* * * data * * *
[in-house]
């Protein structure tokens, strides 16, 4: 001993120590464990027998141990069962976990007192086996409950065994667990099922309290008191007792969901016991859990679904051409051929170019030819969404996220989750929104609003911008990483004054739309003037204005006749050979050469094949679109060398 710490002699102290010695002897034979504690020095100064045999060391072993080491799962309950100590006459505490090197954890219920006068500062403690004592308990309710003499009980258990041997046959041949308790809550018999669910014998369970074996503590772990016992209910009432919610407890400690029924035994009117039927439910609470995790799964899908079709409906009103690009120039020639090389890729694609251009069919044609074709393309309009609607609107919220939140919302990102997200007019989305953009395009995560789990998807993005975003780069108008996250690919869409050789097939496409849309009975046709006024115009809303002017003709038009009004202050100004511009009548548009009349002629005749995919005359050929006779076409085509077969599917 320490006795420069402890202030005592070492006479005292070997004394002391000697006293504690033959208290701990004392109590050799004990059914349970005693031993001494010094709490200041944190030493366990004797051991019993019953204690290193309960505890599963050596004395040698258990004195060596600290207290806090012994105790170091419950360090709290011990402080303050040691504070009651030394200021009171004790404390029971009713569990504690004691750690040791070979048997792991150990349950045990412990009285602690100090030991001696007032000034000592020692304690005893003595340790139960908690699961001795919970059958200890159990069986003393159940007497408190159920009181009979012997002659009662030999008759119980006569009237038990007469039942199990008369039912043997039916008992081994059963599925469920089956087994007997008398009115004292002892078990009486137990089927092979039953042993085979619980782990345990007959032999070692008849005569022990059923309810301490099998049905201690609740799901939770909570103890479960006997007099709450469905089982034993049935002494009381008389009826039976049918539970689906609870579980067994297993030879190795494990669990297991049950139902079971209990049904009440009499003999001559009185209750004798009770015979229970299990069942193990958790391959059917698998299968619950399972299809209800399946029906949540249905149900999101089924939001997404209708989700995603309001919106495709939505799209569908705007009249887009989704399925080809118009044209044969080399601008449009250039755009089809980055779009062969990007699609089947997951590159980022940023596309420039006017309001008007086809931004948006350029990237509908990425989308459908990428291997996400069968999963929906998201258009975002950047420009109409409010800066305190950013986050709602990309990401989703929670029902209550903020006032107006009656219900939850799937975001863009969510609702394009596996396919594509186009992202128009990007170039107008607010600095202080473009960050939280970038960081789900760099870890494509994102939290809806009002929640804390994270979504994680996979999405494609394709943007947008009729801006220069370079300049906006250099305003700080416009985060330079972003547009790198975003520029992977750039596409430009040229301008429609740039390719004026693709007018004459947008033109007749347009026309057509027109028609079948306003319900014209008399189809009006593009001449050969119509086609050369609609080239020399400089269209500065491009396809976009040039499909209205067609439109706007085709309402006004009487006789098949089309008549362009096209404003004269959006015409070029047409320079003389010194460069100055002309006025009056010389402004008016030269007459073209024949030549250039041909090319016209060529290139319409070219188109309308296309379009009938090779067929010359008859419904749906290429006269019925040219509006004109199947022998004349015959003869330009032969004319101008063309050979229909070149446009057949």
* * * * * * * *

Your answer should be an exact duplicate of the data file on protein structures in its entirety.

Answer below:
[in-house]
């Protein structure tokens, strides 16, 4: 001993120590464990027998141990069962976990007192086996409950065994667990099922309290008191007792969901016991859990679904051409051929170019030819969404996220989750929104609003911008990483004054739309003037204005006749050979050469094949679109060398 710490002699102290010695002897034979504690020095100064045999060391072993080491799962309950100590006459505490090197954890219920006068500062403690004592308990309710003499009980258990041997046959041949308790809550018999669910014998369970074996503590772990016992209910009432919610407890400690029924035994009117039927439910609470995790799964899908079709409906009103690009120039020639090389890729694609251009069919044609074709393309309009609607609107919220939140919302990102997200007019989305953009395009995560789990998807993005975003780069108008996250690919869409050789097939496409849309009975046709006024115009809303002017003709038009009004202050100004511009009548548009009349002629005749995919005359050929006779076409085509077969599917 320490006795420069402890202030005592070492006479005292070997004394002391000697006293504690033959208290701990004392109590050799004990059914349970005693031993001494010094709490200041944190030493366990004797051991019993019953204690290193309960505890599963050596004395040698258990004195060596600290207290806090012994105790170091419950360090709290011990402080303050040691504070009651030394200021009171004790404390029971009713569990504690004691750690040791070979048997792991150990349950045990412990009285602690100090030991001696007032000034000592020692304690005893003595340790139960908690699961001795919970059958200890159990069986003393159940007497408190159920009181009979012997002659009662030999008759119980006569009237038990007469039942199990008369039912043997039916008992081994059963599925469920089956087994007997008398009115004292002892078990009486137990089927092979039953042993085979619980782990345990007959032999070692008849005569022990059923309810301490099998049905201690609740799901939770909570103890479960006997007099709450469905089982034993049935002494009381008389009826039976049918539970689906609870579980067994297993030879190795494990669990297991049950139902079971209990049904009440009499003999001559009185209750004798009770015979229970299990069942193990958790391959059917698998299968619950399972299809209800399946029906949540249905149900999101089924939001997404209708989700995603309001919106495709939505799209569908705007009249887009989704399925080809118009044209044969080399601008449009250039755009089809980055779009062969990007699609089947997951590159980022940023596309420039006017309001008007086809931004948006350029990237509908990425989308459908990428291997996400069968999963929906998201258009975002950047420009109409409010800066305190950013986050709602990309990401989703929670029902209550903020006032107006009656219900939850799937975001863009969510609702394009596996396919594509186009992202128009990007170039107008607010600095202080473009960050939280970038960081789900760099870890494509994102939290809806009002929640804390994270979504994680996979999405494609394709943007947008009729801006220069370079300049906006250099305003700080416009985060330079972003547009790198975003520029992977750039596409430009040229301008429609740039390719004026693709007018004459947008033109007749347009026309057509027109028609079948306003319900014209008399189809009006593009001449050969119509086609050369609609080239020399400089269209500065491009396809976009040039499909209205067609439109706007085709309402006004009487006789098949089309008549362009096209404003004269959006015409070029047409320079003389010194460069100055002309006025009056010389402004008016030269007459073209024949030549250039041909090319016209060529290139319409070219188109309308296309379009009938090779067929010359008859419904749906290429006269019925040219509006004109199947022998004349015959003869330009032969004319101008063309050979229909070149446009057949």